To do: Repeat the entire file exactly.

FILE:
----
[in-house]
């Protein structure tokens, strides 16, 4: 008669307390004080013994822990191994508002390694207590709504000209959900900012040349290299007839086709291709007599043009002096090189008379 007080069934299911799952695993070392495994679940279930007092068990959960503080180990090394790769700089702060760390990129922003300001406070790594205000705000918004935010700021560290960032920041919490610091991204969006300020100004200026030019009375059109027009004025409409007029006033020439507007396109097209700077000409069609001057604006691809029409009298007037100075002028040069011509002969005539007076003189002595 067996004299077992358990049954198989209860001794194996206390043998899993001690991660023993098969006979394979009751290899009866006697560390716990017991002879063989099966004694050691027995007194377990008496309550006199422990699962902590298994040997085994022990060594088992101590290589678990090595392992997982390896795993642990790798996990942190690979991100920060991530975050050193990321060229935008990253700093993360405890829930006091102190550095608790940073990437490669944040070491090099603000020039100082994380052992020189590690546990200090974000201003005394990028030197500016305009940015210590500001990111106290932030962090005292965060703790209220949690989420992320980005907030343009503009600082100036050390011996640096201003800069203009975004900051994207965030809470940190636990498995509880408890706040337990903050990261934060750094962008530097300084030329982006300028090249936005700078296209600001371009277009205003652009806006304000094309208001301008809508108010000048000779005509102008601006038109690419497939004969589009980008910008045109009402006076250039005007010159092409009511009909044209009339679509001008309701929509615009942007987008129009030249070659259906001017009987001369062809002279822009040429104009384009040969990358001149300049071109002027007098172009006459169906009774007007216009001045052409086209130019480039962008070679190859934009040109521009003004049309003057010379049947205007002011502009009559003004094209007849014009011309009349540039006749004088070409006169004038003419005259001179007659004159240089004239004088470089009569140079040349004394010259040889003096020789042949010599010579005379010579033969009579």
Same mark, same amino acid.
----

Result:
[in-house]
């Protein structure tokens, strides 16, 4: 008669307390004080013994822990191994508002390694207590709504000209959900900012040349290299007839086709291709007599043009002096090189008379 007080069934299911799952695993070392495994679940279930007092068990959960503080180990090394790769700089702060760390990129922003300001406070790594205000705000918004935010700021560290960032920041919490610091991204969006300020100004200026030019009375059109027009004025409409007029006033020439507007396109097209700077000409069609001057604006691809029409009298007037100075002028040069011509002969005539007076003189002595 067996004299077992358990049954198989209860001794194996206390043998899993001690991660023993098969006979394979009751290899009866006697560390716990017991002879063989099966004694050691027995007194377990008496309550006199422990699962902590298994040997085994022990060594088992101590290589678990090595392992997982390896795993642990790798996990942190690979991100920060991530975050050193990321060229935008990253700093993360405890829930006091102190550095608790940073990437490669944040070491090099603000020039100082994380052992020189590690546990200090974000201003005394990028030197500016305009940015210590500001990111106290932030962090005292965060703790209220949690989420992320980005907030343009503009600082100036050390011996640096201003800069203009975004900051994207965030809470940190636990498995509880408890706040337990903050990261934060750094962008530097300084030329982006300028090249936005700078296209600001371009277009205003652009806006304000094309208001301008809508108010000048000779005509102008601006038109690419497939004969589009980008910008045109009402006076250039005007010159092409009511009909044209009339679509001008309701929509615009942007987008129009030249070659259906001017009987001369062809002279822009040429104009384009040969990358001149300049071109002027007098172009006459169906009774007007216009001045052409086209130019480039962008070679190859934009040109521009003004049309003057010379049947205007002011502009009559003004094209007849014009011309009349540039006749004088070409006169004038003419005259001179007659004159240089004239004088470089009569140079040349004394010259040889003096020789042949010599010579005379010579033969009579």
Same mark, same amino acid.